Environmental enforcement officers must be adequately empowered

The LUAS Enactment 1999 has been much referred to in the water pollution of Sungai Gong. Yet one wonders if the authorities are aware of the power to arrest under the Enactment. - NSTP file pic, for illustration purposes onlyThe LUAS Enactment 1999 has been much referred to in the water pollution of Sungai Gong. Yet one wonders if the authorities are aware of the power to arrest under the Enactment. – NSTP file pic, for illustration purposes only

LETTERS: I refer to Derek Fernandez’s letter “Forfeiture laws, demolishment best way to deal with water polluters”.

The writer rightly stated that the primary piece of legislation giving executive authority for the management and protection of public water supply is a federal law called the Water Services Industry Act 2006 (Act 655).

This means that Suruhanjaya Perkhidmatan Air Negara (SPAN), established under the SPAN Act 2006 (Act 654) and which was passed together with Act 655, is the executive authority relating to water supply system and water supply services throughout the country.

Indeed, Section 121 of Act 655 provides the highest penalty of any legislation for the serious pollution or contamination of water supply. A person who contaminates or causes to be contaminated any watercourse or the water supply system or any part of the watercourse or water supply system with any substance

(a) With the intention to cause death; (b) with the knowledge that he is likely to cause death; or (c) which would likely endanger the life of any person – commits an offence under section 121(1) of Act 655.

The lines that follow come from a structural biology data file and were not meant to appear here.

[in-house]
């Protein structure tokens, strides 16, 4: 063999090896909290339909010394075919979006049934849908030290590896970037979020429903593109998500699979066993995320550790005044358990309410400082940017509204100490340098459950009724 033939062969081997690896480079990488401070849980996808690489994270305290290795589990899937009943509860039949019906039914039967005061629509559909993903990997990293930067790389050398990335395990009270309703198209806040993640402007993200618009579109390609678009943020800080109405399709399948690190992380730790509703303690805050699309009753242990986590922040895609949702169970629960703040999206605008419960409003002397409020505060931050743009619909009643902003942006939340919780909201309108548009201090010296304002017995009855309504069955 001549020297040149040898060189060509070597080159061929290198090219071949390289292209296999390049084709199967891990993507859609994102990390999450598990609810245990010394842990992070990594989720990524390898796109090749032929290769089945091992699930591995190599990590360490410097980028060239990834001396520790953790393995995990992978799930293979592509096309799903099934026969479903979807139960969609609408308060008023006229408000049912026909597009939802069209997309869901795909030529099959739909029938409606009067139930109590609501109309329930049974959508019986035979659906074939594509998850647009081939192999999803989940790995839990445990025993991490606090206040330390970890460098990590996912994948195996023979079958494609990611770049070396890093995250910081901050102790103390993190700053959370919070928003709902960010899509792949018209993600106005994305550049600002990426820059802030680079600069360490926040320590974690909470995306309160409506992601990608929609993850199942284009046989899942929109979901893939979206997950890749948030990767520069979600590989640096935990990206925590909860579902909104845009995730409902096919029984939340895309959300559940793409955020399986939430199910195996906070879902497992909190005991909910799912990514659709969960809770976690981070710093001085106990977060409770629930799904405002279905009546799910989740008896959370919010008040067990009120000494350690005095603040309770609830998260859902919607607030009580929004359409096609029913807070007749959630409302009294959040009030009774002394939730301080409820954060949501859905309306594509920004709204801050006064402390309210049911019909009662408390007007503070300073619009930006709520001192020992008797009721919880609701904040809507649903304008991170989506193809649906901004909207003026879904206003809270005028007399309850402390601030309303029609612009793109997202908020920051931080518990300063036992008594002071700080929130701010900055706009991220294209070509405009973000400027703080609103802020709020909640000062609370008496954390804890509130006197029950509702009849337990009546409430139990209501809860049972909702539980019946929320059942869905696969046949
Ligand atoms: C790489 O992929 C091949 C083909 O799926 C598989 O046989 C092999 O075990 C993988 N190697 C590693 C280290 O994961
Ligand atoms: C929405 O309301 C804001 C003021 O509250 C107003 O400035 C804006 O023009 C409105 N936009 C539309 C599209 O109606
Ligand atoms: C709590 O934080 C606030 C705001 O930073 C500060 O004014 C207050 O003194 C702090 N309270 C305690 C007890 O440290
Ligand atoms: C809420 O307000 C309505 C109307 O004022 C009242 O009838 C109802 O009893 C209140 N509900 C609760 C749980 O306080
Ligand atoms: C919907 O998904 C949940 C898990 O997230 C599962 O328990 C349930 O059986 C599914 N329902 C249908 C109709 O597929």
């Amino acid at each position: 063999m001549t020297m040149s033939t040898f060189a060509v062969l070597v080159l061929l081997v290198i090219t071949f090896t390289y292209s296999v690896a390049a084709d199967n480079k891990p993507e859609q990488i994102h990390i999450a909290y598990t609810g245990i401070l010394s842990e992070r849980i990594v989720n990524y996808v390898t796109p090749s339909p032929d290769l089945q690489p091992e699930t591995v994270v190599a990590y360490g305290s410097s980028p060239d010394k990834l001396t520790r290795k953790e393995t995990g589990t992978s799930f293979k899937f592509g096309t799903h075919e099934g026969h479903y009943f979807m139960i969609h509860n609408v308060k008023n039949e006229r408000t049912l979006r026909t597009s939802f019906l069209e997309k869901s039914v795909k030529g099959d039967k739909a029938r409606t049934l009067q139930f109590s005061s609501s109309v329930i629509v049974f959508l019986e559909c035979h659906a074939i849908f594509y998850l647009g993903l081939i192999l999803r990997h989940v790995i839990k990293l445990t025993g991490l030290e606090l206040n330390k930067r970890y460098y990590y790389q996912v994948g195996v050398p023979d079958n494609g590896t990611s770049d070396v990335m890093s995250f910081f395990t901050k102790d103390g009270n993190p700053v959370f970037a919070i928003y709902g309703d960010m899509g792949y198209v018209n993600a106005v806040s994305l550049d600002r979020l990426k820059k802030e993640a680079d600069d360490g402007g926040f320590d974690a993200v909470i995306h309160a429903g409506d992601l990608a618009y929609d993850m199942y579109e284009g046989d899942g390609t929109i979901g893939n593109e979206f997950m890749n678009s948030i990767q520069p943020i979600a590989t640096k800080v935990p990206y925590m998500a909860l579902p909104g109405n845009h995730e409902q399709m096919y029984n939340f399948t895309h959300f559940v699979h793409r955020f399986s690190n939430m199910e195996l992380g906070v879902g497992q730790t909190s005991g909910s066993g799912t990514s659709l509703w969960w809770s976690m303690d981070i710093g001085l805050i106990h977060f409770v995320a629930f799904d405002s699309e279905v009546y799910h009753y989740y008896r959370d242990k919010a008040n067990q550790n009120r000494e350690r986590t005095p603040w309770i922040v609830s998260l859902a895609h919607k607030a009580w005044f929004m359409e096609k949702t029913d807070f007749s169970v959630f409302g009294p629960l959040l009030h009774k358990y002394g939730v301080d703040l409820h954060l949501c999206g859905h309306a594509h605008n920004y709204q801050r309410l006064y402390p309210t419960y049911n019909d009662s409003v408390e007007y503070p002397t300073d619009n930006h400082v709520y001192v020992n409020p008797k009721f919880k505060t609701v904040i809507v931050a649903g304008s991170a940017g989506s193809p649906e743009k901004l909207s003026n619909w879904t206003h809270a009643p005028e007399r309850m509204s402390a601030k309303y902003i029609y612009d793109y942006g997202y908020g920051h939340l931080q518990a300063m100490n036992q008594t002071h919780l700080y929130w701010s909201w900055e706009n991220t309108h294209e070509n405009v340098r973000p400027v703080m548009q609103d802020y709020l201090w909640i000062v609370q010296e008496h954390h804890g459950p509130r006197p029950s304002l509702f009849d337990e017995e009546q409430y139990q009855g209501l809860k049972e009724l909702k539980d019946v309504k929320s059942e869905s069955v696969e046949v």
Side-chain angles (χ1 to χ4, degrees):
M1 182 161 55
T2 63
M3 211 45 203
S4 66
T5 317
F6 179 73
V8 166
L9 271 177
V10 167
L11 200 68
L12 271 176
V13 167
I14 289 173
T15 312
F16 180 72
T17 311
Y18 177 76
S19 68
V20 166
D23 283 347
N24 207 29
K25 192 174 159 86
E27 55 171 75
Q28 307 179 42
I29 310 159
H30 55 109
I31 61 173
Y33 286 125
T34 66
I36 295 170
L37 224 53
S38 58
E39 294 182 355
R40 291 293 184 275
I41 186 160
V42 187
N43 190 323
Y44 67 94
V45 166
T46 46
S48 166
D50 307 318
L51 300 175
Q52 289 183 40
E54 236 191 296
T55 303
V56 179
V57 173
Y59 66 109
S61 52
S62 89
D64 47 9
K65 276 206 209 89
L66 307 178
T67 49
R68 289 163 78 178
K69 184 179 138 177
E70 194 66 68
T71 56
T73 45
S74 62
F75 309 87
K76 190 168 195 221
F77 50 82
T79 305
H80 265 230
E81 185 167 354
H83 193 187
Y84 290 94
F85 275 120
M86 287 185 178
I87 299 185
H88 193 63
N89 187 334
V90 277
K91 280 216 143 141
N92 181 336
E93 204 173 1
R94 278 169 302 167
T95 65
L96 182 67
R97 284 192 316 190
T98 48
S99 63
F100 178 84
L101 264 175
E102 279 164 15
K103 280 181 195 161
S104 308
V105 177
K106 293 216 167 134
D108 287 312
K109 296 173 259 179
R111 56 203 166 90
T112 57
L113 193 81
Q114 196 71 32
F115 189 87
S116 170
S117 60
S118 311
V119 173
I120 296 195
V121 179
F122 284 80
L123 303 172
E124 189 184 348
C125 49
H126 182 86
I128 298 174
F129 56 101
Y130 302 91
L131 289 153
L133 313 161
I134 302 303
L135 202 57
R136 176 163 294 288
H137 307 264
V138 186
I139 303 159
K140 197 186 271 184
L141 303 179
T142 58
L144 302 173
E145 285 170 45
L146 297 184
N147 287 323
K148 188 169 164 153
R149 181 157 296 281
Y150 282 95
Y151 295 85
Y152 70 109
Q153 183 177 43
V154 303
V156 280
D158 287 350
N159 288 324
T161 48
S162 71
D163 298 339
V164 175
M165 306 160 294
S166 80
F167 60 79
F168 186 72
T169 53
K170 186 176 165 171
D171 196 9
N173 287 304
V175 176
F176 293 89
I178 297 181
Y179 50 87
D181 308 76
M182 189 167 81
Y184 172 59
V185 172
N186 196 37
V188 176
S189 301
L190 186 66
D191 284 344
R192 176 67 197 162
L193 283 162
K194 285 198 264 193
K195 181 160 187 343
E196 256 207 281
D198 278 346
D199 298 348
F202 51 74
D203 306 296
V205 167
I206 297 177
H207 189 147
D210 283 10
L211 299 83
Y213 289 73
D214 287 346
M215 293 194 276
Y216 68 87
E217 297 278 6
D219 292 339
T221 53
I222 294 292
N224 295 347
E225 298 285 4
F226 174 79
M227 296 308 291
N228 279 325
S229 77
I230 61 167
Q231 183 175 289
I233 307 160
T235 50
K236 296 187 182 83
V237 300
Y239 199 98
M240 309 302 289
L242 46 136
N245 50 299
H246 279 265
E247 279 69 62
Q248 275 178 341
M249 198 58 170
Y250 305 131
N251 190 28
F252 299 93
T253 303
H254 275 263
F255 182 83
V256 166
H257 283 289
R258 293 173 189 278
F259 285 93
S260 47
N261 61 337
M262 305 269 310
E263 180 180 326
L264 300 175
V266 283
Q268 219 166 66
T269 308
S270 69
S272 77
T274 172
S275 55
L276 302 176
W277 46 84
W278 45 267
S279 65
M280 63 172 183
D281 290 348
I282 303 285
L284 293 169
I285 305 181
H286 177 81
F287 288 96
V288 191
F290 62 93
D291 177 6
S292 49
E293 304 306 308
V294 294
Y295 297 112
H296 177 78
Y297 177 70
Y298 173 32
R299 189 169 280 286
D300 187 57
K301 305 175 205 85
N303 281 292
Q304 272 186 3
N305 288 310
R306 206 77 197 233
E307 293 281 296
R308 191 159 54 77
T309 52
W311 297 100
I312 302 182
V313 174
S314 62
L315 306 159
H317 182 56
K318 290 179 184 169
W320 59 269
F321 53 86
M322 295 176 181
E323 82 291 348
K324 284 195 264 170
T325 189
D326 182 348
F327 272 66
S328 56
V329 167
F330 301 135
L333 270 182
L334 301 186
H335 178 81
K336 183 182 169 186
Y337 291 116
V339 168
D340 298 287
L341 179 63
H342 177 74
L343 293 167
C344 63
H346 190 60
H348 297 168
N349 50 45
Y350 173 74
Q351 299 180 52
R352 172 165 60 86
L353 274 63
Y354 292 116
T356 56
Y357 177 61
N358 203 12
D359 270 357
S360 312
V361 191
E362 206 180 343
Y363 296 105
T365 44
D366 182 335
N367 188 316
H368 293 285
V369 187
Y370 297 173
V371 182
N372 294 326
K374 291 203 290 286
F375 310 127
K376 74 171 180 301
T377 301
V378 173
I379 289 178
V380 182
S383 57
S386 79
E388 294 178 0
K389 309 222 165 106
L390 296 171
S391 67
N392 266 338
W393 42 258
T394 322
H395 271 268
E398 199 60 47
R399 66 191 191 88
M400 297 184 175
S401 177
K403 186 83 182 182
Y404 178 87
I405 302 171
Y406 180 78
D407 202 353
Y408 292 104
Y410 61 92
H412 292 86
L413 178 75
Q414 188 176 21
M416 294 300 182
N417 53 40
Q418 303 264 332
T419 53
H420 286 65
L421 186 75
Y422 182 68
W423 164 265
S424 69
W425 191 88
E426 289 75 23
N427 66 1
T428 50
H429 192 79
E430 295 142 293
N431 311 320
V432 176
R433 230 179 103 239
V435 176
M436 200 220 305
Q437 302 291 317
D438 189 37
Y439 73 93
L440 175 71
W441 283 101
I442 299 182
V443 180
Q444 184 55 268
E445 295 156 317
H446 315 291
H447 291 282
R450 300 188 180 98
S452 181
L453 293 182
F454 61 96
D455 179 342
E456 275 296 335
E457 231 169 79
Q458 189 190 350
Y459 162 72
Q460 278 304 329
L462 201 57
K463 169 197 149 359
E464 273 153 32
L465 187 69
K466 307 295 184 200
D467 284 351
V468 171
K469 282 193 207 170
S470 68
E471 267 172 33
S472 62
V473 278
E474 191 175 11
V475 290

Upon conviction, the offender faces a death sentence or imprisonment of 20 years and whipping if not sentenced to death where death is the result of the offence. If the offence does not result in death but the contaminant is a radioactive or toxic substance, the offender faces a mandatory jail sentence of up to 10 years or to a fine not exceeding 500,000 ringgit or to whipping or to all three.

In any other case, the offence is punishable with a fine not exceeding one hundred thousand ringgit or with imprisonment for a term not exceeding one year or with both.

Now, Act 655 gives substantial powers to SPAN to investigate, search, enter premises to carry out its functions in relation to the Act. But significantly, it does not provide for the power to arrest to aid investigation of offences under the Act.

The power to arrest is an important aid to investigation of offences, the purpose of which is to inquire into suspected offences with a view to identifying the perpetrators and of obtaining sufficient evidence admissible in a court of law.

This is why investigation agencies such as the police and the MACC are adequately empowered to arrest suspects for investigation.

Which is why the power to arrest has to be provided for in Act 655, as well as in the main law on environmental protection, namely the Environmental Quality Act 1974 (Act 127) which does not also provide the power to arrest.

By comparison, Singapore’s Environmental Protection and Management Act, which is the primary legislation relating to environmental pollution control for the protection and management of the environment and resource conservation, provides for powers of arrest in the director general, an authorised person or a police officer for offences under the Act.

Interestingly, the Lembaga Urus Air Selangor (LUAS) Enactment 1999, which is a state law, empowers any officer authorised in writing by LUAS including a police officer not below the rank of Inspector to arrest, without warrant, any person found to be committing an offence under the Enactment (section 109).

The Enactment has been much referred to in the water pollution of Sungai Gong. Yet one wonders if the authorities are aware of the power to arrest under the Enactment.

Much has been said that vigorous enforcement of the law is urgently required. I should add that it must be with the power to arrest.

by HAFIZ HASSAN.

Read more @ https://www.nst.com.my/news/nation/2020/09/624021/environmental-enforcement-officers-must-be-adequately-empowered

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